Can Anxiety Attack Symptoms Be Caused by Food Allergies?

by | Jun 7, 2013

Many doctors and nutritionists are finding that anxiety attack symptoms and some
types of depression are the result of food allergies. Correct the diet and the
person’s unwanted mental and emotional symptoms disappear.
This research flies in the teeth of psychiatric claims that only anti-depressant drugs can
address these anxiety attack or depression symptoms.
Anxiety attack symptoms, often called “Panic attacks” can cause someone to feel he’s going to die from lack of oxygen or that he’s having a heart attack. They can be frightening and
last up to 30 minutes. Common symptoms are:
. Pounding heartbeat
. Chest pains
. Shaking, trembling
. Dizziness, lightheadedness
. Difficulty breathing
. Flushes or chills
. Fear of losing control and
doing something embarrassing
. Fear of dying
Taking a variety of drugs doesn’t seem to help. One patient reported taking many different drugs prescribed by psychologists before getting addicted to Ativan. (This substance
is in the same drug class as Xanax – benzodiapines.) Ativan’s side effects
include depression or severe confusion and trouble breathing – not things one
would want to experience during an anxiety attack.
After going through rehab to get off the drug and a decade of searching, this patiient found a book called “The Missing Diagnosis” by Dr. Orion C Truss. She was able to trace the
source of her anxiety attack symptoms to disrupted neurotransmitters caused by
Candida overgrowth and sugar addiction. . By handling food allergens she found
total relief and has had no more panic attacks.
Stephen Gislason MD believes knowledge once known by physicians has been lost. He writes that Dr. Water Alvarez, who worked at the Mayo Clinic and wrote medical articles for many years there, knew about allergies of the nervous system. He and his colleagues
knew that allergies were implicated in depression, anxiety, and a host of other
emotional problems.
The Mayo Clinic defines Anaphylaxis as “a severe, potentially life-threatening allergic reaction. It can occur within seconds or minutes of exposure to something you’re allergic to, such as a peanut or the venom from a bee sting.
The flood of chemicals released by your immune system during anaphylaxis can cause you to go into shock; your blood pressure drops suddenly and your airways narrow, blocking normal breathing.”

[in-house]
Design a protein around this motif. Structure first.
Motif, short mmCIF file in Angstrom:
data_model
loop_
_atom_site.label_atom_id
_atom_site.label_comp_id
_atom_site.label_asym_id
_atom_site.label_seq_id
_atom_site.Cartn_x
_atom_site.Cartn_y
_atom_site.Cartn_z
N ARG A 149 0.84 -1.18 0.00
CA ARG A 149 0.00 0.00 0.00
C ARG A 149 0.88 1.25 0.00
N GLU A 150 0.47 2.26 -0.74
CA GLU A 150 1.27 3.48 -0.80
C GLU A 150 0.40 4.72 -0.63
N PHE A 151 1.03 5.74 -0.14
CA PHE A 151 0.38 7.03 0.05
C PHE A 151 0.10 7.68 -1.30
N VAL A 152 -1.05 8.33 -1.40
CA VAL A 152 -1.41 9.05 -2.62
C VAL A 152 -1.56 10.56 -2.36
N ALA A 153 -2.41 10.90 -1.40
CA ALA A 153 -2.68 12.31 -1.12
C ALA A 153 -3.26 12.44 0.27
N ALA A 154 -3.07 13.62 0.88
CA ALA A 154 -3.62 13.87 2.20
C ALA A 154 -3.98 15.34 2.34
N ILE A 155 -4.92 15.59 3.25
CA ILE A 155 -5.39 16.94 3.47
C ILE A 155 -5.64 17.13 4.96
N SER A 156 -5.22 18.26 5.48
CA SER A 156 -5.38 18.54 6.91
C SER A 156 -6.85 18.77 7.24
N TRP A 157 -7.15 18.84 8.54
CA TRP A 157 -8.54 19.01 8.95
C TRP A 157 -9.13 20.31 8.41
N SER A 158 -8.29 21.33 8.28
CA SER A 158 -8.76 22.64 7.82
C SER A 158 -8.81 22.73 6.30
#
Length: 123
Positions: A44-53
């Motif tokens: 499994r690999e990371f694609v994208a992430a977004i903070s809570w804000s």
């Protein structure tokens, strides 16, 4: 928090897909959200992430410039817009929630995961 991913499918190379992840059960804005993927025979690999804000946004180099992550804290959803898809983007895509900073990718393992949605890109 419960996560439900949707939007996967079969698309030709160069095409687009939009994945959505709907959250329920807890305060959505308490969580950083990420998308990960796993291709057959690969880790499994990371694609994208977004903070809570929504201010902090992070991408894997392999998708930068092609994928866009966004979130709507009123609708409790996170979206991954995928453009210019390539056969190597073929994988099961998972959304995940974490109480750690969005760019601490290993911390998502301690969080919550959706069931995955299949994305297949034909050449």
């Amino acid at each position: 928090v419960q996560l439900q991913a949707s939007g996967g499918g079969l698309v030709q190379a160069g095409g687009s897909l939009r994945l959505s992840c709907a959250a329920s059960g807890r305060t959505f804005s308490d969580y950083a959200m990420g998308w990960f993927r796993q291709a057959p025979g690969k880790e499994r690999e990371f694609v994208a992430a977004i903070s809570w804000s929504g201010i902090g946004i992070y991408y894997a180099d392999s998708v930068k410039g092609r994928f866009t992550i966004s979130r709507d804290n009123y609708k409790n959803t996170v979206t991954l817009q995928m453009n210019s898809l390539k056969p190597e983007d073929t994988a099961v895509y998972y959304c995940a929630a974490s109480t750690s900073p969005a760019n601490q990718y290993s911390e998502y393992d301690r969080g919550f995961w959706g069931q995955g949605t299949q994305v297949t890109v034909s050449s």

Today this medical condition will be labeled an anxiety attack symptom
or a panic attack and could land a person in the psychiatric department with a
drug prescription.
Types of “depression”, another psychiatric label, are definitely relieved when food allergies that cause the depression are located and handled.
Theron G. Randolph, M.D., and Ralph W. Moss, Ph.D have written a book called “An Alternative Approach to Allergies” Dr. Randolph states depression when accompanied with allergy symptoms may indeed be caused by the food allergy. He has worked with patients having various types of depression since the 1950’s and has seen cases who suffered from depression their whole life be totally cured of it once the allergens were found and removed from their diet and environment.
Another M.D., Abram Hoffer states that he often finds depression and allergy together and that “When one is relieved, so is the other. Treatment of the allergy will, in most cases, ‘cure’ the depression. I have seen this in several hundred patients over the past six years and can no longer doubt this conclusion”.
The Journal of Biological Psychiatry published a report from a study of 30 patients suffering from anxiety, depression and other symptoms. A placebo controlled trial was done. They learned that certain foods created mental symptoms: severe depression, nervousness, anger, loss of motivation and severe mental blankness. The placebos, however, did not create any of these conditions.
The foods and allergens found to be the culprits were wheat, milk, cane sugar, tobacco, smoke and eggs.
Over in the UK, Patrick Holford is the President, of the Institute for
Optimum Nutrition and also is the Director of the Mental Health Project. In his
article called “Brain Allergies” he describes a patient who at age 15 was
labeled manic-depressive and put on a cocktail of three drugs – Lithium,
Tegretol and Zirtek.
Fortunately this patient found a nutritionist who discovered a wheat allergy and some nutritional deficiencies including zinc. With wheat out of her diet and proper nutrition she quit all medications and took her final degree exams. No more manic attacks. Only when she inadvertently eats some wheat does she experience a shadow of her depression for a few days before returning to normal.
Holford writes that both early studies, as well as current research, have found that allergies can affect any system of the body, including the central nervous system. “Allergies to food can upset levels of hormones and other key chemicals in the brain, resulting in symptoms ranging from depression to schizophrenia. They can cause a diversity of symptoms including fatigue, slowed thought processes, irritability, agitation, aggressive
behaviour, nervousness, anxiety, depression, schizophrenia, hyperactivity and
varied learning disabilities.”
Persons with anxiety attack symptoms and types of depression can benefit from allergy tests and nutrition analysis first and save themselves the agony of mind altering and addictive drugs.


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